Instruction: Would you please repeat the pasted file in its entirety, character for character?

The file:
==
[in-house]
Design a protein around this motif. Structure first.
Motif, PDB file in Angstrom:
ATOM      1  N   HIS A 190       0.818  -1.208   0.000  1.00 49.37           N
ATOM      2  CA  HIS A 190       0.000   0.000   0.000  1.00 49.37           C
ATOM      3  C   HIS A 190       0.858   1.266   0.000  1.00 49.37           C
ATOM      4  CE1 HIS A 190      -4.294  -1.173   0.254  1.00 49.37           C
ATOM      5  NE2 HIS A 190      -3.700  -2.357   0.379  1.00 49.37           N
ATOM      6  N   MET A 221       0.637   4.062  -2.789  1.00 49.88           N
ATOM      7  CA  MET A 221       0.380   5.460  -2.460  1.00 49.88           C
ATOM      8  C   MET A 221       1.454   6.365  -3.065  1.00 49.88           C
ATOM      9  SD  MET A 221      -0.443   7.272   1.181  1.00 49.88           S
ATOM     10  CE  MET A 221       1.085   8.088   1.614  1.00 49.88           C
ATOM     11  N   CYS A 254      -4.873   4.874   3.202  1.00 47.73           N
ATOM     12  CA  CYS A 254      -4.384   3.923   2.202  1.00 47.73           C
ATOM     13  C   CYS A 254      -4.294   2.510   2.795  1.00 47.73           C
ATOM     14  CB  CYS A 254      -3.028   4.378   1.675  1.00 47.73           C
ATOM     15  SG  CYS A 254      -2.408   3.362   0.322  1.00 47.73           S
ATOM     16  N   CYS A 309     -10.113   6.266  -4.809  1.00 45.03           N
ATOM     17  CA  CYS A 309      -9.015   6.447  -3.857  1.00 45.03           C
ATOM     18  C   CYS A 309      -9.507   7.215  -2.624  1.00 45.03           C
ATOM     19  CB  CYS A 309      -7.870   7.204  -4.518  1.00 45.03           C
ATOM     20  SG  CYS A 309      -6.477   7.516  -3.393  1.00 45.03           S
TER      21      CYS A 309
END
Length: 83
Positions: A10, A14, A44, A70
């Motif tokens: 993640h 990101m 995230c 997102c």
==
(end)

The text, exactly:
[in-house]
Design a protein around this motif. Structure first.
Motif, PDB file in Angstrom:
ATOM      1  N   HIS A 190       0.818  -1.208   0.000  1.00 49.37           N
ATOM      2  CA  HIS A 190       0.000   0.000   0.000  1.00 49.37           C
ATOM      3  C   HIS A 190       0.858   1.266   0.000  1.00 49.37           C
ATOM      4  CE1 HIS A 190      -4.294  -1.173   0.254  1.00 49.37           C
ATOM      5  NE2 HIS A 190      -3.700  -2.357   0.379  1.00 49.37           N
ATOM      6  N   MET A 221       0.637   4.062  -2.789  1.00 49.88           N
ATOM      7  CA  MET A 221       0.380   5.460  -2.460  1.00 49.88           C
ATOM      8  C   MET A 221       1.454   6.365  -3.065  1.00 49.88           C
ATOM      9  SD  MET A 221      -0.443   7.272   1.181  1.00 49.88           S
ATOM     10  CE  MET A 221       1.085   8.088   1.614  1.00 49.88           C
ATOM     11  N   CYS A 254      -4.873   4.874   3.202  1.00 47.73           N
ATOM     12  CA  CYS A 254      -4.384   3.923   2.202  1.00 47.73           C
ATOM     13  C   CYS A 254      -4.294   2.510   2.795  1.00 47.73           C
ATOM     14  CB  CYS A 254      -3.028   4.378   1.675  1.00 47.73           C
ATOM     15  SG  CYS A 254      -2.408   3.362   0.322  1.00 47.73           S
ATOM     16  N   CYS A 309     -10.113   6.266  -4.809  1.00 45.03           N
ATOM     17  CA  CYS A 309      -9.015   6.447  -3.857  1.00 45.03           C
ATOM     18  C   CYS A 309      -9.507   7.215  -2.624  1.00 45.03           C
ATOM     19  CB  CYS A 309      -7.870   7.204  -4.518  1.00 45.03           C
ATOM     20  SG  CYS A 309      -6.477   7.516  -3.393  1.00 45.03           S
TER      21      CYS A 309
END
Length: 83
Positions: A10, A14, A44, A70
């Motif tokens: 993640h 990101m 995230c 997102c």